Hodge: Current leader crop has little appeal to voters

Christy Clark is visiting K-Town next week, an indication, perchance, that she recognizes not everything is lovely in lotus land.

With a provincial political election on the horizon, one should not be shocked or dismayed to learn that the ‘leader’ of the tattered B.C Liberal Party, Premier Christy Clark, is visiting K-Town next week.

An indication, perchance, that the anointed one recognizes that not everything is lovely in lotus land.

Of the three current reigning MLAs in the Kelowna ridings, the only one who may be sitting somewhat comfortable at this point in the parade is Steve Thomson (Kelowna-Mission). The other two local MLAs, Ben Stewart (Westside-Kelowna) and Norm Letnick Kelowna-Lake Country), have reasonable cause for concern.

Unless one has been asleep or hiding under a large rock, it’s no secret the provincial Liberals have done a long and ugly leap on to their proverbial  flag poles and the political impalement has not been pretty.

However, the current scenario is far from a new view for B.C. voters. We have seen this sordid dance numerous times over the past 60 years or so when one apparently promising political party hacks and slashes its way to the top of the public popularity charts largely based on the stumble-bum, shoot themselves in the foot antics of their opponents. Victory through apathy.

Quite clearly, neither the NDP or the Conservatives will win the next election – the Liberals are simply going to lose.

‘Only in B.C.,’ multiple media members have mockingly mentioned for what seems a millennia

Yet, as boggling as the cycle of ineptitude of the party in charge has been in B.C. politics, even more staggeringly strange has been the trend of short-term planning and visioning by every other political group in the province.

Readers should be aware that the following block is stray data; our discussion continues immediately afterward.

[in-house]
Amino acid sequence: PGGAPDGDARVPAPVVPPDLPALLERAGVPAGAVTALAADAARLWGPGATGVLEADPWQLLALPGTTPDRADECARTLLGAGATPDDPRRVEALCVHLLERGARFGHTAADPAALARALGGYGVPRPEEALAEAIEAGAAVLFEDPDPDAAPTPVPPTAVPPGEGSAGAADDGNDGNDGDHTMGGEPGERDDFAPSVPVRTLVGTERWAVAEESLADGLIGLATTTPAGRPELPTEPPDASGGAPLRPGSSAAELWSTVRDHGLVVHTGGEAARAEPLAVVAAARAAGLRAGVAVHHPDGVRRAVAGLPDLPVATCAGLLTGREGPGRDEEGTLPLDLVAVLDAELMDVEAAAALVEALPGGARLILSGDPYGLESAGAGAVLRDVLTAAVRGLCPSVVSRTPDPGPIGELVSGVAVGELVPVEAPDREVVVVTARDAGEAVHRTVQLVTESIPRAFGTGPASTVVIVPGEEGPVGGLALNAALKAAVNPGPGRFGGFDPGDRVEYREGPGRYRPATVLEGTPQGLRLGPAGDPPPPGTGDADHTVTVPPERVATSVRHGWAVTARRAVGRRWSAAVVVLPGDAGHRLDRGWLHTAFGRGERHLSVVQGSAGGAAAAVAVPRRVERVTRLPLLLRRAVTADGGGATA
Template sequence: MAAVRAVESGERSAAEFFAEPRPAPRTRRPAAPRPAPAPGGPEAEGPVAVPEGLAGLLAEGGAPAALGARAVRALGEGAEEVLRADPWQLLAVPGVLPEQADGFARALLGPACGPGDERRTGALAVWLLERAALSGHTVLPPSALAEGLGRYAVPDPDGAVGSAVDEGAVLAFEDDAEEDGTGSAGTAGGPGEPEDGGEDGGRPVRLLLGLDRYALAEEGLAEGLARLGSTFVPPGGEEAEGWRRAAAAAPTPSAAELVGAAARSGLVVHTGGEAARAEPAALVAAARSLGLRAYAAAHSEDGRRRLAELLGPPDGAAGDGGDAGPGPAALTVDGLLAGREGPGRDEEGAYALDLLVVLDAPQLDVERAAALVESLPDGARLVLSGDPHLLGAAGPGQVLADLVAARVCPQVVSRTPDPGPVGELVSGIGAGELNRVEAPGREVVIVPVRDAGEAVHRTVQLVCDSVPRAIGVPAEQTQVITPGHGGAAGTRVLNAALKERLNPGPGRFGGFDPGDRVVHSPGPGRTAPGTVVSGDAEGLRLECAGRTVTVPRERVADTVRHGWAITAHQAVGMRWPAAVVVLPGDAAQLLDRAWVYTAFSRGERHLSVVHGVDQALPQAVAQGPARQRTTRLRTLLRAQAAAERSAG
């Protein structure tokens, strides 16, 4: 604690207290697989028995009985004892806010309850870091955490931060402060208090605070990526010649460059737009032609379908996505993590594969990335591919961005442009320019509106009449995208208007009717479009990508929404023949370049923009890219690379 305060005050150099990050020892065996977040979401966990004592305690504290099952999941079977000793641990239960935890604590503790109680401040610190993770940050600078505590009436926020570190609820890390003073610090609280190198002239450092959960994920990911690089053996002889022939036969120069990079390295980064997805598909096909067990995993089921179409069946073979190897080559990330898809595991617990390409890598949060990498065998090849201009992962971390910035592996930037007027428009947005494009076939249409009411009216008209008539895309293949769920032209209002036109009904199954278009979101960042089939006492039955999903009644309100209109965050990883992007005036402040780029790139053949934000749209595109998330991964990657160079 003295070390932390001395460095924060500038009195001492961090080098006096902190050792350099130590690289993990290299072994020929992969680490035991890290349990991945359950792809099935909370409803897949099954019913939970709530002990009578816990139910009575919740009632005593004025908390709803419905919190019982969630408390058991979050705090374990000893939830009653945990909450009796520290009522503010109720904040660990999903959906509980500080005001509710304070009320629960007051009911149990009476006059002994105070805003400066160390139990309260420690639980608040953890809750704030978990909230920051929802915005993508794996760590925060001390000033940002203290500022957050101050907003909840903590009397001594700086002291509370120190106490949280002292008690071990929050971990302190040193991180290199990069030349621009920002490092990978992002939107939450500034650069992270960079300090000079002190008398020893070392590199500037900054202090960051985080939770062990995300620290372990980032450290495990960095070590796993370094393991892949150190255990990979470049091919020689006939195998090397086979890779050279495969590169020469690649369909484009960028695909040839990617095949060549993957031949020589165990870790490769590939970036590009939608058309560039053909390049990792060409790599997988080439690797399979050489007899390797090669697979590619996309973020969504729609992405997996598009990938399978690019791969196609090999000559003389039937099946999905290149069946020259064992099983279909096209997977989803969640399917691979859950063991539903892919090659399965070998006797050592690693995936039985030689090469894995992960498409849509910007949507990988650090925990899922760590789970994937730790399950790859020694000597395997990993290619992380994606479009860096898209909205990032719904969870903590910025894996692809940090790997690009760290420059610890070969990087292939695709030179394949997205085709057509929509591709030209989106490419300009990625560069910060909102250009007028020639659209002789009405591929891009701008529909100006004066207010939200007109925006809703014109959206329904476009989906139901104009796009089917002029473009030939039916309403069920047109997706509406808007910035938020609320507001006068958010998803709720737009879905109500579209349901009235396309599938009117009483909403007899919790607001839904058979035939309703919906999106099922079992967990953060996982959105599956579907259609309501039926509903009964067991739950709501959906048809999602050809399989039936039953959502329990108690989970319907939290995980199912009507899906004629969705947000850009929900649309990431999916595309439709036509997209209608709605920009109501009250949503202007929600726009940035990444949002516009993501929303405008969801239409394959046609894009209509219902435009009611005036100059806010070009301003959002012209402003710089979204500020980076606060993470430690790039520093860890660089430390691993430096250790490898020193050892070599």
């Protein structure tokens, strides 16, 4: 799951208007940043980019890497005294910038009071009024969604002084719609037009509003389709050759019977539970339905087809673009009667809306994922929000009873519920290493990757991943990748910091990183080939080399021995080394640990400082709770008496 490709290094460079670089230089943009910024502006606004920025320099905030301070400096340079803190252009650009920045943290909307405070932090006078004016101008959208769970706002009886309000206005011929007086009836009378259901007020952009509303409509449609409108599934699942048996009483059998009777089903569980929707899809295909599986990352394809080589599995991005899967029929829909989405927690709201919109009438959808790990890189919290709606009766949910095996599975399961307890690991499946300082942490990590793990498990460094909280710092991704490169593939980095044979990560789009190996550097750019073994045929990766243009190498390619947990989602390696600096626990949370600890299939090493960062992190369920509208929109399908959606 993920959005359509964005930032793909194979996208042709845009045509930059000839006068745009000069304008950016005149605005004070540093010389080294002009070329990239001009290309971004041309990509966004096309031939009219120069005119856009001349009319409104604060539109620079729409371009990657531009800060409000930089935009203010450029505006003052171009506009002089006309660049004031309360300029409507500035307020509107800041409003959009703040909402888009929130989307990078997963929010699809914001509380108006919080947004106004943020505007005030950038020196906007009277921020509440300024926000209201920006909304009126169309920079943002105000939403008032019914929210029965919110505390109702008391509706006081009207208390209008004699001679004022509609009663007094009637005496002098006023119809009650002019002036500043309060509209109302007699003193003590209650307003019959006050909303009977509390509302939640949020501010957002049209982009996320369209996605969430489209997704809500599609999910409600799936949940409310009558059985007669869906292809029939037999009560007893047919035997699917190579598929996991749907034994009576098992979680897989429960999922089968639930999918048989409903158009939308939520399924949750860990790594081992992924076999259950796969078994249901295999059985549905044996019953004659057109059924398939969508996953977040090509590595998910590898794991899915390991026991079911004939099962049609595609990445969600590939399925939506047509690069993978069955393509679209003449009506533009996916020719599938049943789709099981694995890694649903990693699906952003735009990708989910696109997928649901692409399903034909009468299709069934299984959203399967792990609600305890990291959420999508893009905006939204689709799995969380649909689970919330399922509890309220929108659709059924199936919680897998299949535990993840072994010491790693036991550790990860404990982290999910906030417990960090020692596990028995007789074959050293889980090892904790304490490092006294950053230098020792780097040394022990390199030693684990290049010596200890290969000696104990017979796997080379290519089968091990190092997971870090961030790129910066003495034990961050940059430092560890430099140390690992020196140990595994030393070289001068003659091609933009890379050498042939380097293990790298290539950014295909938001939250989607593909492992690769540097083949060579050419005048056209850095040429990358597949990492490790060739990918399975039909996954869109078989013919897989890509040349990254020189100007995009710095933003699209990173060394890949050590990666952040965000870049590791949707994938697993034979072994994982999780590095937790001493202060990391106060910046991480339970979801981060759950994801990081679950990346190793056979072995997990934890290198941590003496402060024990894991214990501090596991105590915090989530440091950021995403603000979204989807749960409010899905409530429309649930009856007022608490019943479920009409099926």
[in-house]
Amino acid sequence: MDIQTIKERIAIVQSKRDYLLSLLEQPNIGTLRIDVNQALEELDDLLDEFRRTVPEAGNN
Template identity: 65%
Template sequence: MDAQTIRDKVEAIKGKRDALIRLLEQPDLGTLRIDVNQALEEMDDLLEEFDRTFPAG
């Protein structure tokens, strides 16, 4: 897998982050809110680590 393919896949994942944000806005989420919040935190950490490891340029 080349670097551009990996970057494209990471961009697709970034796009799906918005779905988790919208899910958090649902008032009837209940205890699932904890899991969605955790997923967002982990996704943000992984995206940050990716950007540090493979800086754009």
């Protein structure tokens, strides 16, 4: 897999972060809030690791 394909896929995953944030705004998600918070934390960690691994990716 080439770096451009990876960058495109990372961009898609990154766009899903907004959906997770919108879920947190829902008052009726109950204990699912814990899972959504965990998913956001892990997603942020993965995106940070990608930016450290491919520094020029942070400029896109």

For at least half a century now, one provincial party after the other has failed to show any long-term vision or planning within their own party.

Petty party ‘leaders’ have not had either the brains to actually plan a successor in advance of their own demise.

One can only surmise such lack of forethought is simply a protectionist or insecure decision (or lack of decision).

Almost every election, when a party is either in danger of losing their lofty tower or attempting to scale it, a last minute panic attack takes place to find a suitable ‘leader.’

That disastrous lack of planning used to be a trademark of the NDP party, however, the past decade or two it has become epidemic in all parties.

This election is the perfect poster child of that situation.

Not one of the three major parties has a leader worth their own weight in salt.

Clark inherited her captaincy in a mutiny of sorts, and both the NDP and Conservative leaders have dubious track records and about as much charisma as an egg-salad sandwich.

Not one of the three is truly a leader nor the sort of strong person that captures the imagination of voters.

The term leader is an interesting subject all unto itself. It conjures a variety of definitions and interpretations depending upon whose perspective and in what capacity the term is used.

For instance, a spiritual leader can be both very different and yet eerily similar to a military leader.

Whenever I hear the term leader, the first line that pops in my head is one dear old dad use to pontificate on a regular basis in reference to his WWII days: “When it comes to leadership its simple – lead, follow, or get the hell out of the way.”

Perhaps that’s a mantra all our political parties should be forced to adopt.

For many Canadians, and certainly for B.C. residents, whenever there has appeared to not be a clear or outstandingly trustworthy party to vote for during an election-voters decide to look to the leader and not the party for a decision on where to place their X.

In the current provincial tag-team match voters are once again left with little to choose from—even with that consolation round option. Such a ‘none-of-the-above’ result leaves voters two possible actions: Go to option three and choose ‘the best’ candidate running in their particular riding—or not vote at all.

Sadly, the latter has won out far too often in the last several elections.

Fortunately, in the three ridings around Kelowna area, we do have some interesting characters to choose from in the upcoming battle royal.

I am confident the majority of them will be rolling out their election campaigns full strength in the next few weeks. Let the rhetoric begin and may a potential reason to vote raise his or her head.

In my column next week: Defining leadership – what’s it really all about?


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